Page 15 - Moncrieff's Disappearing Guns
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Moncrieff’s Disappearing Guns                                                                            David Moore

           ‘....that Captain Moncrieff’s invention was entitled to
           be regarded in a favourable light.’
           Captain Moncrieff accepted the terms and instructions
           were given at once for carrying out the committee’s
           The Treasury agreed to the propose remuneration.
           Provisions were made in the estimates for 1869 to
           1874 for the construction of twenty 7-inch Moncrieff
           axle-tree cracked.Preview
           carriages and orders were given for the preparation of
           the necessary materials.

           During 1868 and 1869 experiments continued with
           the first 7-inch carriage. The trials proved to be
           generally successful but minor fittings seemed to be
           liable to failure of a serious nature. The following  Moncrieff with mounting at Woolwich Butts in May
           period saw many tests, failures of small fittings and
           subsequent modifications. Moncrieff came up with   9-inch carriage, the 7-inch carriage with new breech
           proposal after proposal all the while looking ahead to  attachment and the other carriages enumerated above
           adopting his system for larger calibre guns. The   as well as to consider any other designs for similar
           Committee resolutely stuck to their slow and       purposes which might be submitted to them.
           thorough testing of each stage before the next     Colonel Elwin R.A. President
           development was considered. Whilst overseeing the  Colonel Adye C.B. R.A.
           modifications to the 7-inch carriage and the       Colonel Galway R.E.
           manufacture of the 9-inch carriage Moncrieff, in   Colonel Millwood C.B. R.A.
           consultation with Sir William Armstrong and        Colonel Graham C.B. R.E.
           Company, had been developing a simpler             Captain Alderson R.A.
           construction for applying the system to heavier    Lieutenant-Colonel Hayman R.A. Secretary
           ordnance. During 1869 a great proportion of the
           whole work in the Royal Carriage Factory consisted  The following drawings were submitted to this
           in manufacturing the 7-inch muzzle-loader 7 ton    Committee 7/3/70
           carriages which were in service by April 1870.     1. Moncrieff carriage and platform for 7-inch B.L.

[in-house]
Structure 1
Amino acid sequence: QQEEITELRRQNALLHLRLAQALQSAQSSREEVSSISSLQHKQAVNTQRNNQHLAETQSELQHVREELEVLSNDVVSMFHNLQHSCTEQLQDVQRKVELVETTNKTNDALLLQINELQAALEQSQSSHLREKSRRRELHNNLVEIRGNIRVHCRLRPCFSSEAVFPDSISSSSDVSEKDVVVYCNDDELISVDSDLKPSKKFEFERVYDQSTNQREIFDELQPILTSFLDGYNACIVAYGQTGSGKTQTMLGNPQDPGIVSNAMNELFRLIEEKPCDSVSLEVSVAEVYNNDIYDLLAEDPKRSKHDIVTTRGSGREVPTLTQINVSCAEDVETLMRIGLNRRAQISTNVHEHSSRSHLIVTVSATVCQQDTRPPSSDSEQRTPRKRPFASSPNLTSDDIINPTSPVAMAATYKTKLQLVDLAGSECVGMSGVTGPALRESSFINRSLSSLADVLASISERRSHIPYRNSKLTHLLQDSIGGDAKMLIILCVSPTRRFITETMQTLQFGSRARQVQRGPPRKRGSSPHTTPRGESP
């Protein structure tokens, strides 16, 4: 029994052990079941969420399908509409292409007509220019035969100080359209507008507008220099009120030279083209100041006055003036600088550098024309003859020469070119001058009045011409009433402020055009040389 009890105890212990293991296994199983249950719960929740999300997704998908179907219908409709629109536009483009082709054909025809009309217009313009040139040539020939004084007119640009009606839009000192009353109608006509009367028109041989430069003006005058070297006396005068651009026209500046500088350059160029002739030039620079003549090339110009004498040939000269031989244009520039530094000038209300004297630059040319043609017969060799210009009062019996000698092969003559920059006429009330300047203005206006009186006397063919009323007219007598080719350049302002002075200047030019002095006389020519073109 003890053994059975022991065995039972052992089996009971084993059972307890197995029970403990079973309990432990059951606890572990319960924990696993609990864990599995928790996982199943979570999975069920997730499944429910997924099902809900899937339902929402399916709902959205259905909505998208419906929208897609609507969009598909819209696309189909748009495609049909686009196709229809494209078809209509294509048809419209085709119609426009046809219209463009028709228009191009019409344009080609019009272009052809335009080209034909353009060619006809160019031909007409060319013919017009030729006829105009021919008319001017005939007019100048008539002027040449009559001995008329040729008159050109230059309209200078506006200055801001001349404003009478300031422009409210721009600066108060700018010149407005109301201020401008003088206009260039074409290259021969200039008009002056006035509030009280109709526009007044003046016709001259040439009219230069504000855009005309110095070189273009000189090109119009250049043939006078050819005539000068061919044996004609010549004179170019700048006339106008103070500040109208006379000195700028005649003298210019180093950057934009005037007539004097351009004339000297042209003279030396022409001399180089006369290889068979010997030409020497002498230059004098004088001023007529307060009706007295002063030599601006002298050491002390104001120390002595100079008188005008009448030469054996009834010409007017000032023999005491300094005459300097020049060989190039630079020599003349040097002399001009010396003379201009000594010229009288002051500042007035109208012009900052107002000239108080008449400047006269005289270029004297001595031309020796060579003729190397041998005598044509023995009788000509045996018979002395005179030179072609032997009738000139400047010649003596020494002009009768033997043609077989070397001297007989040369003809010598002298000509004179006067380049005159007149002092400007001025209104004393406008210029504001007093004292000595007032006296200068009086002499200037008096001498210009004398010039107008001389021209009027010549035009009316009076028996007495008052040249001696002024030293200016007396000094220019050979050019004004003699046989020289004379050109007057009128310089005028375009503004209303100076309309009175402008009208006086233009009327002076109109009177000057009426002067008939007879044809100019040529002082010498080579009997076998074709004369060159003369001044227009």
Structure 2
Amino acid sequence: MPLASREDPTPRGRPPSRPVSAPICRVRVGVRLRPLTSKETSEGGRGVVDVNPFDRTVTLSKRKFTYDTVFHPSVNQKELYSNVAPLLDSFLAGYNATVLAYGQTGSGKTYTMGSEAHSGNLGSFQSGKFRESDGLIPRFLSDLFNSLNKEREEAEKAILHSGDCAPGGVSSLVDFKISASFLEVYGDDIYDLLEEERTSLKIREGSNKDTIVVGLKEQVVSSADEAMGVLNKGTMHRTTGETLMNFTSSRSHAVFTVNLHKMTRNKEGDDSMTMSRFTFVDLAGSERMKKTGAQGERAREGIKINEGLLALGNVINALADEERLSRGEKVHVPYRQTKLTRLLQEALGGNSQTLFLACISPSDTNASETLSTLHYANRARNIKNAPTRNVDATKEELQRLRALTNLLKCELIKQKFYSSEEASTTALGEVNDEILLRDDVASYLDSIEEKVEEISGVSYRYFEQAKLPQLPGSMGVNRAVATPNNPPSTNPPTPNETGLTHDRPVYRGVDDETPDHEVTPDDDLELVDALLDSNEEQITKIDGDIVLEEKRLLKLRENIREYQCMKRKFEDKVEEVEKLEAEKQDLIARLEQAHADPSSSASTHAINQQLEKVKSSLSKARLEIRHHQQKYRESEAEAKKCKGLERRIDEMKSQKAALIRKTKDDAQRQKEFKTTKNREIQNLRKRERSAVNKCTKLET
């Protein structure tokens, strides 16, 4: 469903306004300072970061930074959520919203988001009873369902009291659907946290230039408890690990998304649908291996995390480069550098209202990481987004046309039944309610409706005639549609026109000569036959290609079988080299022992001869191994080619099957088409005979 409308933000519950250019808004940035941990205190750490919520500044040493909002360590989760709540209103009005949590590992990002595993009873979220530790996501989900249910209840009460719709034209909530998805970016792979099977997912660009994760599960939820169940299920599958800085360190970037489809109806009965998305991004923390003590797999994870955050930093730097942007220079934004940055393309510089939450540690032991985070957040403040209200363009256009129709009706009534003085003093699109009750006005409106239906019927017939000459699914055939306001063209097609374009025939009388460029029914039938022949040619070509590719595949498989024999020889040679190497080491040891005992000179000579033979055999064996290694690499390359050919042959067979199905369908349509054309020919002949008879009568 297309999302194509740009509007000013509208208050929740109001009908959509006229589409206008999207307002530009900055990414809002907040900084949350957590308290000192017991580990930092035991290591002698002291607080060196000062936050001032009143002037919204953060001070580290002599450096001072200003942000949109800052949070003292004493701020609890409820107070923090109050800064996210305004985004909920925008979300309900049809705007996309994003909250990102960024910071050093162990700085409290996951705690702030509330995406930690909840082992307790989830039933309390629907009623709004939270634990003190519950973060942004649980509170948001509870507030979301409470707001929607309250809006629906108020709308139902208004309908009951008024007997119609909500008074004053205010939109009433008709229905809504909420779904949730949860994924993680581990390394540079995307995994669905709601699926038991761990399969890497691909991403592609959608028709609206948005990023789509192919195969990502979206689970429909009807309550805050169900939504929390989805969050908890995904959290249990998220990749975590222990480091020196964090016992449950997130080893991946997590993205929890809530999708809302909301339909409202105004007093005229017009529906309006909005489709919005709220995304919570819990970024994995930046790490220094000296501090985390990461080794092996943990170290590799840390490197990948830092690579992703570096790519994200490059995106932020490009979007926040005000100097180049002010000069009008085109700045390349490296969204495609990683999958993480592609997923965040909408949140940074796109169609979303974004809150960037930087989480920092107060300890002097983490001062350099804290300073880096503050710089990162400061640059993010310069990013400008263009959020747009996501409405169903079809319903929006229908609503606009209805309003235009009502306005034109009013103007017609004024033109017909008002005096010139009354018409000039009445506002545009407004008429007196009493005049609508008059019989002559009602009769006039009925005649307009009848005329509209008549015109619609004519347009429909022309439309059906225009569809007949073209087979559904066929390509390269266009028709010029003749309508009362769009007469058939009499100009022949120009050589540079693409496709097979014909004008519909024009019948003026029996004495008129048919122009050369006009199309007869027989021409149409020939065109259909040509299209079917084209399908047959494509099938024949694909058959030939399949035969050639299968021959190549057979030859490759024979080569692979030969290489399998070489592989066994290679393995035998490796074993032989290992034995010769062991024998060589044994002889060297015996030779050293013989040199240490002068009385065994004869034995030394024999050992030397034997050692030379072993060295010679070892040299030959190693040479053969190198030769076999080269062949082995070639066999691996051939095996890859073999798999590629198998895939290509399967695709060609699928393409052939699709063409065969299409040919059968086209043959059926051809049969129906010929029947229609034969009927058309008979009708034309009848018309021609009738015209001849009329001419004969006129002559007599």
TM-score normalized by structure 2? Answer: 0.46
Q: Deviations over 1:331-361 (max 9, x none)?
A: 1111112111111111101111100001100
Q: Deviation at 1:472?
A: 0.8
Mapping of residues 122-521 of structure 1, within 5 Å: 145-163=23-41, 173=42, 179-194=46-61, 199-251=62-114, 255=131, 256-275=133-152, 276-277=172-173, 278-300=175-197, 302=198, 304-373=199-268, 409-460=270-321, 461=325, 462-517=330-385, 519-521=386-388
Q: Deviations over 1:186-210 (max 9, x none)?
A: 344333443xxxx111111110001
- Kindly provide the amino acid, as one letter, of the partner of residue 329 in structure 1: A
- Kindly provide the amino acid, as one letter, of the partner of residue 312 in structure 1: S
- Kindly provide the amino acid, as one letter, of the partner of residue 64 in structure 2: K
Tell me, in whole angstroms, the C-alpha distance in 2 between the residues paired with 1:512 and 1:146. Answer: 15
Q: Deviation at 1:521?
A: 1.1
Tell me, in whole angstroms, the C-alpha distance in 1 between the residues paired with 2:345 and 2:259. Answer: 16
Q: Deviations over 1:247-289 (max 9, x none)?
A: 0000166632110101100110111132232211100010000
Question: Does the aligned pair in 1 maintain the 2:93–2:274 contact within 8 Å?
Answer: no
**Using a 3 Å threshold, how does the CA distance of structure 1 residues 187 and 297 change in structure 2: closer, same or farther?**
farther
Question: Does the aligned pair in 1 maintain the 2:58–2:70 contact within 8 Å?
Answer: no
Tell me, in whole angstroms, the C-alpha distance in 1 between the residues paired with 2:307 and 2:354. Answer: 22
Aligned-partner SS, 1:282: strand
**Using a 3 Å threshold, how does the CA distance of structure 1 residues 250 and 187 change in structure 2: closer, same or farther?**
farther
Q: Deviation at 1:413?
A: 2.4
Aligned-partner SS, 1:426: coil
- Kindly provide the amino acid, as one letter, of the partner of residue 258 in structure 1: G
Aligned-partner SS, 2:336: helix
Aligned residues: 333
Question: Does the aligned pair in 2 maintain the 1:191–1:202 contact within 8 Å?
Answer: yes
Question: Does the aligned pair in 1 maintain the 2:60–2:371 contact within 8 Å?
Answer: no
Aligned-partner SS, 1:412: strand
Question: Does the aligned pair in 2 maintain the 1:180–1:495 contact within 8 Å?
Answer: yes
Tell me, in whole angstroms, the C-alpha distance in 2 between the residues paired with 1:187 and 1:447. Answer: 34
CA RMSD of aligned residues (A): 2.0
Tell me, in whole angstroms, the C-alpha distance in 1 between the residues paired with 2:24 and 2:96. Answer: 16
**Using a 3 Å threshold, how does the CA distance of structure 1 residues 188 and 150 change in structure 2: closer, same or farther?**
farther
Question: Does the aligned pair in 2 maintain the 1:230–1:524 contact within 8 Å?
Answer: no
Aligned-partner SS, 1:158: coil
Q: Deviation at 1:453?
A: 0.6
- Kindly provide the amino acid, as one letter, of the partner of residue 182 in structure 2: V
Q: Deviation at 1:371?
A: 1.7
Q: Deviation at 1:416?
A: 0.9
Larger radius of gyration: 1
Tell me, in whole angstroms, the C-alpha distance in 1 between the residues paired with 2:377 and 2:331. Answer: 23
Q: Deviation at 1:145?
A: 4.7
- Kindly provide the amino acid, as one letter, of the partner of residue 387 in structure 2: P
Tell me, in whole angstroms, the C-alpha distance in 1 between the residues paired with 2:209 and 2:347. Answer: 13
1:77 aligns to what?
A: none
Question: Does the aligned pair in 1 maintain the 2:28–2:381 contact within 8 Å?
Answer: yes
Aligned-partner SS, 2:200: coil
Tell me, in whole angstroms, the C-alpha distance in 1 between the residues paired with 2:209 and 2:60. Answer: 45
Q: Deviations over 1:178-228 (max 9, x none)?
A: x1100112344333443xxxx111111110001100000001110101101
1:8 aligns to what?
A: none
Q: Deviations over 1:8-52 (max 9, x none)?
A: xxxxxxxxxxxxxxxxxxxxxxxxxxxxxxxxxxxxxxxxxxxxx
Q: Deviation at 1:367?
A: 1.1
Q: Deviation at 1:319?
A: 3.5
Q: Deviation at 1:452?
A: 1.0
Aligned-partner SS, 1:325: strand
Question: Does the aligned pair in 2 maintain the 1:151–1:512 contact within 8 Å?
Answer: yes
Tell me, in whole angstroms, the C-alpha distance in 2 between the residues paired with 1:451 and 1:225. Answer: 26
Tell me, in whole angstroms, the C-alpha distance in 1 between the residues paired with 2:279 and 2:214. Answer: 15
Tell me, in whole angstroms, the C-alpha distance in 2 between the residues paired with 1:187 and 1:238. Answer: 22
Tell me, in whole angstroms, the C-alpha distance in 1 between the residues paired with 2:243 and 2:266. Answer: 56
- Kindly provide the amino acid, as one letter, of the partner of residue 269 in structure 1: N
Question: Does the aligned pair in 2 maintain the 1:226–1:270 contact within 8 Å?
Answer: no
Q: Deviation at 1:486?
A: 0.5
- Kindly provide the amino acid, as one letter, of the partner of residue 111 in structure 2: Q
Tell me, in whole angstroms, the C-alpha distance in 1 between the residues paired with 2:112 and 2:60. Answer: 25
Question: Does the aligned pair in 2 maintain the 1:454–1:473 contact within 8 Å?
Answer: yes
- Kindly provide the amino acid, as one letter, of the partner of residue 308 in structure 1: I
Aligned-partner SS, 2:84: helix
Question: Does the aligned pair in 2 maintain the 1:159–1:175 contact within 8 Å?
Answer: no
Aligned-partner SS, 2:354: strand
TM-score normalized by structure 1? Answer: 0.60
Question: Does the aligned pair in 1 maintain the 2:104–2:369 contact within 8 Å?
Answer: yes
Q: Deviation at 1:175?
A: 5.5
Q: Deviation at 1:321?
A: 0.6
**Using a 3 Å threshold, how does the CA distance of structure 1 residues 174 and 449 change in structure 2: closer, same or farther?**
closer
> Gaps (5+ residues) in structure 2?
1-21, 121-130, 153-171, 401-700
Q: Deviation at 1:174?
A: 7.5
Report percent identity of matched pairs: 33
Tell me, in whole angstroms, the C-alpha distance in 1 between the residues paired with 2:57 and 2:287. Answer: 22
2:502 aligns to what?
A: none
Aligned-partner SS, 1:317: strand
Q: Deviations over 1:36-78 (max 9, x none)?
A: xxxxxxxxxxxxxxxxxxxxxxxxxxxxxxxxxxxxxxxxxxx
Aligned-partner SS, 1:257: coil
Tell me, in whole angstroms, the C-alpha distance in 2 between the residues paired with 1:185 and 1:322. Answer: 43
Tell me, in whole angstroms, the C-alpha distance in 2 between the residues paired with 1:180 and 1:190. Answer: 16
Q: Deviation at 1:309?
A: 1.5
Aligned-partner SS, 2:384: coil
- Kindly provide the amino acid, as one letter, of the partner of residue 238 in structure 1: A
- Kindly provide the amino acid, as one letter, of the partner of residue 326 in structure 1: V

In June 1869 Moncrieff was requested to submit     2. One of the proposed conversions of wooden
           drawings for the 64 pdr. and 7-inch B.L. rifled guns  garrison platform carriages to a Moncrieff Barbette
           for land fronts and defences by the Deputy Director of  Platform.
           Works.                                             3. Sketch of proposed arrangement for mounting
                                                                 7-inch B.L. guns on Moncrieff carriage with
           In September 1869 Moncrieff submitted the drawings    converted wood platform.
           for a 7-inch B.L. gun. The estimated cost for this,  4. Moncrieff carriage for 7-inch B.L. gun proposed
           including the carriage, was £446. In view of the great  cheap construction.
           cost of mounting the large number of guns required in  5. Proposed conversion of wood garrison carriages
           this way it was decided to defer the matter until     and platforms for 7-inch B.L. guns into barbette
           information had been obtained concerning the          carriages.
           utilisation of old materials. Moncrieff was not put off.
           In October 1869 he prepared drawings to show how   The preparations of models of these several designs
           his system could be adapted to utilise existing    was approved by Lord Northbrook 19/2/70.
           platforms for the 7-inch B.L. guns. In 1870 he     On 4th February 1870 another preliminary trial of the
           prepared carriages for the 9-inch, a heavy and a light  9-inch carriage was made at Woolwich. It was still
           version.  The 9-inch carriage was reported to be ready  not fit to go to Shoeburyness due to the many design
           for trial on 3rd. January 1870 and a few rounds were  alterations which had not yet been completed. The
           fired from it on the 24th January 1870. The rear   twenty 7-inch carriages were finished except
                                                              elevating gear in March 1870.

           A special committee was appointed under authority  On 30th March 1870 the Special Committee reported
           dated 7th January 1870 consisting of the           on the designs submitted. They dismissed proposals 1
           undermentioned officers to conduct the trials of the  and 4, they were not favourably impressed with 2 or

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